Customer Pain Point Health Food

EXAMPLE 6:

Customer Pain Point Example: Someone who has lost a relative
Pain Point: They must arrange the funeral and wake
Solution: A funeral directors who will take care of it

Customer Pain Point Funeral

As you can see, customers generally don’t buy products and services just for the sake of it. There is nearly always a motivating factor as to why they shop for something.

Your products must resolve that pain.

How to identify customer pain points

OK, let’s reel this back a little.

When you started your business there must have been a reason why you started in in the first place, other than to make money. Yes?

It may have been because you had trouble finding something in your size or taste. It may have been because your saw a market segment was being under-served. Or it may have been because you saw an opportunity to make an existing product better.

Whatever the reason, you were aiming to provide a solution to a problem. Your ‘target customer’ should have that very same pain factor. They are missing something and you are there to provide it.

You may find that your target customer has more than one pain factor. They may have two or three which isn’t a problem.

But typically, there will be one underlying pain point that every one of your products or your service can resolve. You need to identify this and use it.

If you sell 500 products then I wouldn’t suggest you go through every single product all in one go. I would list them in order of popularity or profit margin and then note down why someone would ‘need to own it’.

Some questions you need to ask yourself about your customer are:

  • What keeps my customer up at night? 
  • What would they like to do but can’t?
  • How can I save them money?
  • How can I save them time?
  • How can I remove their stress?
  • How can I make them feel more relaxed?
  • How can my product / company make their life easier? 

Once you have some answers and pain points listed, it’s time to use them.

How to use customer pain points to sell more stuff online

Now you have identified your customer pain points you need to incorporate them into your marketing and use them to tap into the emotional side of your customer. You need to use the pain to resonate with your customer.

Many online store owners are guilty of simply highlighting features of a product. They use a lazy approach and list the technical attributes of the product, assuming the customer will understand or care about them.

This is a big no, no.

Yup, product features are important but they are not the reason why someone would have a need to own your product. A list of features is not going to take that pain away.

Your customer wants to know how your product is going to remove their discomfort in the quickest time possible.

This means you need to utilise your promotional banners, your product copy, your imagery, your videos, your social media channels and your email communications to translate the problem your product solves.

This doesn’t mean you need to actually spell it out in essay format. Sometimes, a few words or a clever photo can tell a thousand words.

Here are some examples of well-known brands do exactly that:

Customer Pain Point iPhone

Apple iPhone

Pain Factor: Mobile phone handsets are too complicated and most people just want a phone.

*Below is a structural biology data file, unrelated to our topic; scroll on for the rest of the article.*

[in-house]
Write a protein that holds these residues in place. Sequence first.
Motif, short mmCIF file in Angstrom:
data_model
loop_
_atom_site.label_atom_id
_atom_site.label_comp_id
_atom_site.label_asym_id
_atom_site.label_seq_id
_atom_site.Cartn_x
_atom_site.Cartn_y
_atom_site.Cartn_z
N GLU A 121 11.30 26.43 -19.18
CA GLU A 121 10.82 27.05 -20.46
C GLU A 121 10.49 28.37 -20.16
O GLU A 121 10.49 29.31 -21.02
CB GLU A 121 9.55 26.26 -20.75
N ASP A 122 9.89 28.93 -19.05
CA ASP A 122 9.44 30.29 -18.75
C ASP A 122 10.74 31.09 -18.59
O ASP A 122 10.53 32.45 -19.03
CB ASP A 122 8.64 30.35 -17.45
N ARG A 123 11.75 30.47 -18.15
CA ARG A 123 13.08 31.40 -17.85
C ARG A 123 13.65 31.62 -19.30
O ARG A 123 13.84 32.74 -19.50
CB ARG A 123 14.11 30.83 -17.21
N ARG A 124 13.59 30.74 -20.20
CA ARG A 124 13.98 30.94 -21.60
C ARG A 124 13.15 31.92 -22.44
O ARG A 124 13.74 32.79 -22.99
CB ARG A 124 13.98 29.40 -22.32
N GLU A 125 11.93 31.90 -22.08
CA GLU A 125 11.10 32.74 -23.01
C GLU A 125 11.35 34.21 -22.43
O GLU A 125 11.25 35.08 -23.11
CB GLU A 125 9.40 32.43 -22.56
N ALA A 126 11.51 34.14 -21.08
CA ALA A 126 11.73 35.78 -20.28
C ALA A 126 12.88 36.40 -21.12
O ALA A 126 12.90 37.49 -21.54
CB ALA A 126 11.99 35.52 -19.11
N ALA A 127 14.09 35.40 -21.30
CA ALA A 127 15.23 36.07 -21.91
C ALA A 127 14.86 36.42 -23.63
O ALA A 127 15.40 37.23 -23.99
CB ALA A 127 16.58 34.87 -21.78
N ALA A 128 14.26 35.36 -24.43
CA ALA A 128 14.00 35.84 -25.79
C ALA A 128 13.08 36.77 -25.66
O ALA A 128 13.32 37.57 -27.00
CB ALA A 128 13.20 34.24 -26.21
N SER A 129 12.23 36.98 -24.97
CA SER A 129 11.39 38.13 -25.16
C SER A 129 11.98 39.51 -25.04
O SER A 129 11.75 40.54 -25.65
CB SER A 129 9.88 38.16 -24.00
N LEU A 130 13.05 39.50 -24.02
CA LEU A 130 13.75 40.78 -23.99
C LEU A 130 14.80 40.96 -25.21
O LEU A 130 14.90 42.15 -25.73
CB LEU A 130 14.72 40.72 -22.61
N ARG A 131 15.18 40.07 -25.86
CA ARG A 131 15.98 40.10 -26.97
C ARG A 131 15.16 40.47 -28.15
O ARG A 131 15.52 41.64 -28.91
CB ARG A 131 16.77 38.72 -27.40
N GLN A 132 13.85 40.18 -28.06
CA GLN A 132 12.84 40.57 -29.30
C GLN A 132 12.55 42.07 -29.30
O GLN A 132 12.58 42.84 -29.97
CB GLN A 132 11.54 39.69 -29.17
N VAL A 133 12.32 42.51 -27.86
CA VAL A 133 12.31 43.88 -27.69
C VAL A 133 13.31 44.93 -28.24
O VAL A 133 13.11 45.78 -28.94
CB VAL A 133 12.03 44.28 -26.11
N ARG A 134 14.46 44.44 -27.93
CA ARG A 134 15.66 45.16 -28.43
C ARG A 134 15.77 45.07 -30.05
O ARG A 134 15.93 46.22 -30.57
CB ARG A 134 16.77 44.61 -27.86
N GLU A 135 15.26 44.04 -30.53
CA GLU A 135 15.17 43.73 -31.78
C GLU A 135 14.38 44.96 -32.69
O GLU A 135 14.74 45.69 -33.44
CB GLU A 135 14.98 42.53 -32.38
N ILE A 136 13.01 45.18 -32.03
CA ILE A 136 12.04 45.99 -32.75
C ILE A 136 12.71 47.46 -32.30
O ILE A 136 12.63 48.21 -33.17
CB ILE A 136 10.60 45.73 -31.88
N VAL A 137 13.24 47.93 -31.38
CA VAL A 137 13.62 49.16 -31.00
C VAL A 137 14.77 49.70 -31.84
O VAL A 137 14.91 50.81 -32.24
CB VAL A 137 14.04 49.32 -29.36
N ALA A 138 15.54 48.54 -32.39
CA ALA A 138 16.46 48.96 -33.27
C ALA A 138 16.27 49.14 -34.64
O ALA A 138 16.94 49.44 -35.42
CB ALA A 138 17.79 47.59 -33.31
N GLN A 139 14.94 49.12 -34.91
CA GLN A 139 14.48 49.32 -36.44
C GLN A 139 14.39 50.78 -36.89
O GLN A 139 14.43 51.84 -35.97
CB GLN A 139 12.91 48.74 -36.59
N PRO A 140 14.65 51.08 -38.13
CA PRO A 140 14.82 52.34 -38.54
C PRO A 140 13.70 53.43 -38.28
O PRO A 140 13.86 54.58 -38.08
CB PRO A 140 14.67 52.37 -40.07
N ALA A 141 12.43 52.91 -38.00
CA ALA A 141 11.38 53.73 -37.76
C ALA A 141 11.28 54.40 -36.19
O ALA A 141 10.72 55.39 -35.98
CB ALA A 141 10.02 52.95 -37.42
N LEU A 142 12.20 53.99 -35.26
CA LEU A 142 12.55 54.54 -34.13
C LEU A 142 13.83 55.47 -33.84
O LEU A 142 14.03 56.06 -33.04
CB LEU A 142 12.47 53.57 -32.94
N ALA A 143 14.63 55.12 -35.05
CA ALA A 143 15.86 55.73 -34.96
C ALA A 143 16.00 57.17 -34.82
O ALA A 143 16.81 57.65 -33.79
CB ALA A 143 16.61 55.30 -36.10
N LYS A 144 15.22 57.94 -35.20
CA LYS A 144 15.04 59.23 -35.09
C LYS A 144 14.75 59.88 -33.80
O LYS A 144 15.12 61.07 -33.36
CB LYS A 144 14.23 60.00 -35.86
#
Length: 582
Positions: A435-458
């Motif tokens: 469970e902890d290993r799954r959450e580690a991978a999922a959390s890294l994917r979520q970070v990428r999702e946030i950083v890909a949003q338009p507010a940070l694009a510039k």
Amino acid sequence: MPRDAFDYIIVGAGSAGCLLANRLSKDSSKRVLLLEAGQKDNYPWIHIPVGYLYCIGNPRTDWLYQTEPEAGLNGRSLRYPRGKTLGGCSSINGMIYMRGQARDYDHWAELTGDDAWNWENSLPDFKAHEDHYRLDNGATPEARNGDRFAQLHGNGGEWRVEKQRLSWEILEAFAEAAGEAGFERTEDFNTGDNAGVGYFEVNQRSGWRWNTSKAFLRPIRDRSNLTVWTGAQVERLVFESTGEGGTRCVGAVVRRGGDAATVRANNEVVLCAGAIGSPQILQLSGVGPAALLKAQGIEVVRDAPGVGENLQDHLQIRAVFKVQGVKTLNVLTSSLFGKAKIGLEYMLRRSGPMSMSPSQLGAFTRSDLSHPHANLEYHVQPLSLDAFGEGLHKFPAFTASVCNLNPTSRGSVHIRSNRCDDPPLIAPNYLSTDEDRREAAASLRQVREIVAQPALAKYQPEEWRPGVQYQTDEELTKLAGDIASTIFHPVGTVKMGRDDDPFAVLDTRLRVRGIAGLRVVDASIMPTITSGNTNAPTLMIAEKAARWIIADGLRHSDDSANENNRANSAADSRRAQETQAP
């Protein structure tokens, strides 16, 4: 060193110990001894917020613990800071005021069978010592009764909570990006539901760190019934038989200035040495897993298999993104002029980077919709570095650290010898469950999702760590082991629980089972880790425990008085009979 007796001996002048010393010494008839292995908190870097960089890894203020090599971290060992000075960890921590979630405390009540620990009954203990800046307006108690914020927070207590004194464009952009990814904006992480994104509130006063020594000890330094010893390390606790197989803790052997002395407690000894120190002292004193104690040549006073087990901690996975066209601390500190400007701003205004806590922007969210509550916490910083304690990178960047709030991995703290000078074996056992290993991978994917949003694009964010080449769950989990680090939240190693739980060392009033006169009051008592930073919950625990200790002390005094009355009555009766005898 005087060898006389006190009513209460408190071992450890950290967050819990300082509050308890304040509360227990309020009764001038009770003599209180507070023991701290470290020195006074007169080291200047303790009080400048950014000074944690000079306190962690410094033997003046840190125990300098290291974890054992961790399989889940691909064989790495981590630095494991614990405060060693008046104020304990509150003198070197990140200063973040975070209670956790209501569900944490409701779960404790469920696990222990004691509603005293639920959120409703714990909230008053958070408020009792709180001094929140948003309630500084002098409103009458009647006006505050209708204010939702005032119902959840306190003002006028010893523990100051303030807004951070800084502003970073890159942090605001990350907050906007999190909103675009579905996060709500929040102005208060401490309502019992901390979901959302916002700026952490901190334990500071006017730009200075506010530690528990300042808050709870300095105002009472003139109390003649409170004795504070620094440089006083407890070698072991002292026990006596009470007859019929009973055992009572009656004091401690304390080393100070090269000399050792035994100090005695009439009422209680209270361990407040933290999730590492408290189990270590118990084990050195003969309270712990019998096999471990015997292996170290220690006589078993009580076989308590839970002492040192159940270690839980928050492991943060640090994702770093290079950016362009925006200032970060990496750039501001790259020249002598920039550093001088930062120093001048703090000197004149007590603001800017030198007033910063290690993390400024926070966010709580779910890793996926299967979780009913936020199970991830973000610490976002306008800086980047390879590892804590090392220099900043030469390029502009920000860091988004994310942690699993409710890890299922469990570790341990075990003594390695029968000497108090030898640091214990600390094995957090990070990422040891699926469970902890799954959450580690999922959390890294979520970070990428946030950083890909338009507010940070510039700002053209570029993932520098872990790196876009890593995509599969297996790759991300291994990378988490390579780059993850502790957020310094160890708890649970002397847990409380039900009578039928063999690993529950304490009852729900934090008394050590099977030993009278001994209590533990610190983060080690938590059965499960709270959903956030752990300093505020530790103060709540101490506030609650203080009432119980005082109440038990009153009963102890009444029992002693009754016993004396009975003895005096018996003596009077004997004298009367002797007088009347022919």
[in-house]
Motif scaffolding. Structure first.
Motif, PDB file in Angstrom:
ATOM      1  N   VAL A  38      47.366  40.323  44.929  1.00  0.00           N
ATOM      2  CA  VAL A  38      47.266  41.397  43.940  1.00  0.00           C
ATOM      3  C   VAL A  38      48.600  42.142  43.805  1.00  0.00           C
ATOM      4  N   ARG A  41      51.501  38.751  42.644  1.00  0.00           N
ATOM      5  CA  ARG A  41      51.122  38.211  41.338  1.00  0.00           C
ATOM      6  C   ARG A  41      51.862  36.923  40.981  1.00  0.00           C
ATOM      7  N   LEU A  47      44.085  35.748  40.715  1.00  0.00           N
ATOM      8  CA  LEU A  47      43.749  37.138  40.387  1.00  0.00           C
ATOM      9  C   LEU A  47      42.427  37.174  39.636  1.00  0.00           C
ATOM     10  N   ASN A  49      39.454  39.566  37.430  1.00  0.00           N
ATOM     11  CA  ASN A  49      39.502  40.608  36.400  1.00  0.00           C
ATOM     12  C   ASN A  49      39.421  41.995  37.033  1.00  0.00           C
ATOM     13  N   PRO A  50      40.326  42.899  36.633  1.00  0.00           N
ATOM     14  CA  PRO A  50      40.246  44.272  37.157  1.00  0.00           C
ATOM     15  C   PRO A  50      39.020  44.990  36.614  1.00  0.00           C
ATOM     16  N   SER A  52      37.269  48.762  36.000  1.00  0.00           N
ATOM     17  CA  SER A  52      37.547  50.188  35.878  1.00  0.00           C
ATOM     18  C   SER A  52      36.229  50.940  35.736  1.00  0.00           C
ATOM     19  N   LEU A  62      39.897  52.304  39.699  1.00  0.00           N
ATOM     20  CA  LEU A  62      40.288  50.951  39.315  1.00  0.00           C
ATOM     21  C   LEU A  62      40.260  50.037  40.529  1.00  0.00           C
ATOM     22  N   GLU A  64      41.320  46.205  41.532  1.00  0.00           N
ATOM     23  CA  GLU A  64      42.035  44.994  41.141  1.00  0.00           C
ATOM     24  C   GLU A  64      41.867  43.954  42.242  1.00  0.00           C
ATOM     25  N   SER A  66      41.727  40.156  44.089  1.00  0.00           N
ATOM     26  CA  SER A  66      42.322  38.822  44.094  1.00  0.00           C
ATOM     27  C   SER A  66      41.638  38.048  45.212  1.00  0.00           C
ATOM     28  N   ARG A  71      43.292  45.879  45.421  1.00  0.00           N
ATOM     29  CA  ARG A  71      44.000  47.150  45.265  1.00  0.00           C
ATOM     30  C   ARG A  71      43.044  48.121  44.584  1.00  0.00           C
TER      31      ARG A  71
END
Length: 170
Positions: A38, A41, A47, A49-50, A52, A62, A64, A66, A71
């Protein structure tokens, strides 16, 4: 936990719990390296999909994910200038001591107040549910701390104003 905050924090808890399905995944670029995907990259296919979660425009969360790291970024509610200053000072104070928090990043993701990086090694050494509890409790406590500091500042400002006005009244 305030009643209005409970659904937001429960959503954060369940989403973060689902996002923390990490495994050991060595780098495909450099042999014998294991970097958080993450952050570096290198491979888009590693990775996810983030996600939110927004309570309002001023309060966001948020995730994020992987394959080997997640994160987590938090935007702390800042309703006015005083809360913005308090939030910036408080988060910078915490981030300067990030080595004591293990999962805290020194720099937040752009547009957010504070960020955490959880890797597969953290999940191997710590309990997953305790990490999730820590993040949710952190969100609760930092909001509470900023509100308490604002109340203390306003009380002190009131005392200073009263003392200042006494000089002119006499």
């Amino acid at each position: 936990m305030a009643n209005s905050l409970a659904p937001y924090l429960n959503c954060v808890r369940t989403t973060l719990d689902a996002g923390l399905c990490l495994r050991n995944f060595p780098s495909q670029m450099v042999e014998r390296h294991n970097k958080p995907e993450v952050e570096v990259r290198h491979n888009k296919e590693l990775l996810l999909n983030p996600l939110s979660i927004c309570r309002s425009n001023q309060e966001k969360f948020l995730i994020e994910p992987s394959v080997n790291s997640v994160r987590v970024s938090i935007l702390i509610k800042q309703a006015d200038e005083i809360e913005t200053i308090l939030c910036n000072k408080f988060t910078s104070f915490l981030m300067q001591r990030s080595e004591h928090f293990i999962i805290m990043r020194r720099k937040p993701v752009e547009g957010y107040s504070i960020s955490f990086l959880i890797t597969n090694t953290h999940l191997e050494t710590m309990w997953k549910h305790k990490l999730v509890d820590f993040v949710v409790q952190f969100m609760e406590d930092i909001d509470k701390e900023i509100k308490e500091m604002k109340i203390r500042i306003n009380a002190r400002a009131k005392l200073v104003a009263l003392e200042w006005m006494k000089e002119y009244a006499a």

Solution: It has an easy-to-use interface and you can share experiences with your friends and family using Facetime.

Customer Pain Point Warby Parker Glasses

Warby Parker Glasses

Pain Factor: Fashionable prescription glasses are very expensive from the optician.

Solution: Warby Parker cut out the middleman and offer prescription glasses at half the cost with very stylish designs.

Customer Pain Point Spanx Shapewear

Spanx Shapewear

Pain Factor: People are body conscious and want to look slimmer.

Solution: Spanx uses body contouring underwear to smooth out lumps and bumps.

Customer Pain Point Post Its

Post-it Notes

Pain Factor: You want to leave an important note on a colleagues desk without it blowing away or getting lost.

Solution: Post-it notes enable you to stick the note to your colleague’s screen so it stays in place until they return to their desk.

YOUR ACTION STEPS: Focus on your customer pain points to sell more.

It’s time to put this strategy into action.

Your aim is to be your customer’s new best friend who will take their pain away.

You have the products, you just need to communicate how they will remove the pain and convince your customer they should take the plunge and buy.

Trust me, this strategy beats any discounted pricing in the long term. Yes, discounted pricing works in the short-term but that doesn’t help your business grow. It just helps you to clears stock at a reduced profit margin.

A true growth strategy involves building a solid customer base that understands how your products can change their life for the better.

If you get this right, they will tell their friends and you will have an army of advocates.

Feel free to comment, ask a question or share. I’m here to help.

I hope it’s now clear. Spending time, money and effort to get people to your e-commerce is pointless if they don’t buy anything. Tapping into your customer pain points are the key to getting people to click on that ‘buy’ button.

If you have any questions or comments about this post then please feel free to add them below. I will be more than happy to reply.

We’re all here to help each other.

Ta very much

Written by Webshop Mechanic